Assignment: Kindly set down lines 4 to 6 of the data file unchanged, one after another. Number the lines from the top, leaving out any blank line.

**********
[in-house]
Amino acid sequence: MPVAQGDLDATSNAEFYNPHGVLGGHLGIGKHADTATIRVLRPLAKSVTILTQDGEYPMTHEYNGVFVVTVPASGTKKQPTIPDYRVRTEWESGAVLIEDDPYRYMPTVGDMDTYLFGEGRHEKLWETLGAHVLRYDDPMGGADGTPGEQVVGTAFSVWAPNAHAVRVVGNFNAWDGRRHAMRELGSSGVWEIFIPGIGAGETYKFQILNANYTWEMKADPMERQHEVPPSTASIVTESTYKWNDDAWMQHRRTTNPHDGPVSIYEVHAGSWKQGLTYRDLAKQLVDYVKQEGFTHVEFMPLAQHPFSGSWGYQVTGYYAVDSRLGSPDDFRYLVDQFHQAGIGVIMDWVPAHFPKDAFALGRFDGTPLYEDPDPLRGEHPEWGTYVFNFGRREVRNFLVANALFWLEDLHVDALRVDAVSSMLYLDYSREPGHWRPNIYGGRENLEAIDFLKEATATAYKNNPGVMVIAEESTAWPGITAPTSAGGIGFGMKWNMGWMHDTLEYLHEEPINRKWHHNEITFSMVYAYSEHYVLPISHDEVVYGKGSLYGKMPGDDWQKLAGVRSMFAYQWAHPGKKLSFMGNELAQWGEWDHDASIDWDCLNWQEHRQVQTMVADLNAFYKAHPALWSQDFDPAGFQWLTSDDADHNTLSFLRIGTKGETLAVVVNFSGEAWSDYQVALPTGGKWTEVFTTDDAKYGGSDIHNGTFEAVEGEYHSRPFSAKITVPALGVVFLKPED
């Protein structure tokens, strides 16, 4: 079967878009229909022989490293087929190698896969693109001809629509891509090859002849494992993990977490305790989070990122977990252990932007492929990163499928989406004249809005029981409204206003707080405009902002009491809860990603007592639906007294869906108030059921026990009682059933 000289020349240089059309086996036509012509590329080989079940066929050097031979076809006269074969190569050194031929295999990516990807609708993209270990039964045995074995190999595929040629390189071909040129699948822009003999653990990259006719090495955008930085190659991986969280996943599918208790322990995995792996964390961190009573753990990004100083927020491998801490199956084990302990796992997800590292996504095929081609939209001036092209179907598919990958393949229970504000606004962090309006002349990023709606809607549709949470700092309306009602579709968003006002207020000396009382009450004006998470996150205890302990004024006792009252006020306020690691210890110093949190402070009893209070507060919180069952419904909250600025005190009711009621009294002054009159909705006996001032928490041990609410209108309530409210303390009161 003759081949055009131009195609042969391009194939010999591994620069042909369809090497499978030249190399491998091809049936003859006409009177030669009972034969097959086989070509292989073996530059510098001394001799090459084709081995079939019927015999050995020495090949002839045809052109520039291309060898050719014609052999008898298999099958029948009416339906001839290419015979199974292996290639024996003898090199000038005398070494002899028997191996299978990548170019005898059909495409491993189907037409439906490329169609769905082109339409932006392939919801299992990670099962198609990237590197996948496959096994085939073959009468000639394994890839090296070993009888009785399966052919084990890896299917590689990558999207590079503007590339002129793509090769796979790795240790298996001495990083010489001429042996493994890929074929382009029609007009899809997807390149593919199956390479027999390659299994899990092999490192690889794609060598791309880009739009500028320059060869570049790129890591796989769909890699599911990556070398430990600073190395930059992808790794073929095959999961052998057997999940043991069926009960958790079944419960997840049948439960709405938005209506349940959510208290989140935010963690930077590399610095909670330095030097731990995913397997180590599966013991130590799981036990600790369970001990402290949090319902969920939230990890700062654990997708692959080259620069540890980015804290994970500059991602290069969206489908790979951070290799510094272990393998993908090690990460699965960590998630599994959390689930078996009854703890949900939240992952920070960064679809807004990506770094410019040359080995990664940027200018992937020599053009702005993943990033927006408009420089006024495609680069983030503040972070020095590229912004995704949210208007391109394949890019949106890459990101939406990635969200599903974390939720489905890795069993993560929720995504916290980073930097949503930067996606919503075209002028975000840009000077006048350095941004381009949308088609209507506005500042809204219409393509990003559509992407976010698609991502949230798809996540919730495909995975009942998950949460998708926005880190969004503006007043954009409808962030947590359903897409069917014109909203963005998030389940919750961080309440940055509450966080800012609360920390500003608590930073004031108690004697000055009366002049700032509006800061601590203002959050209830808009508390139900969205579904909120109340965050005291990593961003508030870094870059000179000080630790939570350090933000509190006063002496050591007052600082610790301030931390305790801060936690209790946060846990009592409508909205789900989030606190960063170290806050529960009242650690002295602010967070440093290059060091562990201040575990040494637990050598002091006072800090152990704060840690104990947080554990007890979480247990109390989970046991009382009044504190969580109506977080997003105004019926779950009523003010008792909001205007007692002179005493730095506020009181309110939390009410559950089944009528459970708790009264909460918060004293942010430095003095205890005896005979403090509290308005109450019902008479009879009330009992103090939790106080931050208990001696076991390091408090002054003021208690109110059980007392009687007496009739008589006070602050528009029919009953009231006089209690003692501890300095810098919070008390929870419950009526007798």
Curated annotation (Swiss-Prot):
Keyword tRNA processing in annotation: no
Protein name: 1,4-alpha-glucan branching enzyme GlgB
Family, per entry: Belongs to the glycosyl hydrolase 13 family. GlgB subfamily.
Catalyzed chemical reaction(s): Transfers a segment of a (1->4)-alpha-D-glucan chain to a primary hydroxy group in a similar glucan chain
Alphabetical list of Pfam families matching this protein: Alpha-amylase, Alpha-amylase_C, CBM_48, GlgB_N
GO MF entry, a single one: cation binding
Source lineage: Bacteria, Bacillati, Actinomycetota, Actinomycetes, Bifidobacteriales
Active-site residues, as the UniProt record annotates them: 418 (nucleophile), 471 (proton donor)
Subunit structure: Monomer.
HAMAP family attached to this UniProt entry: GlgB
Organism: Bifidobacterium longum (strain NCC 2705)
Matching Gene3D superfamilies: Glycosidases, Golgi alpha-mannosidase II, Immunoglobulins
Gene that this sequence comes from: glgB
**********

Curated annotation (Swiss-Prot):
Keyword tRNA processing in annotation: no
Protein name: 1,4-alpha-glucan branching enzyme GlgB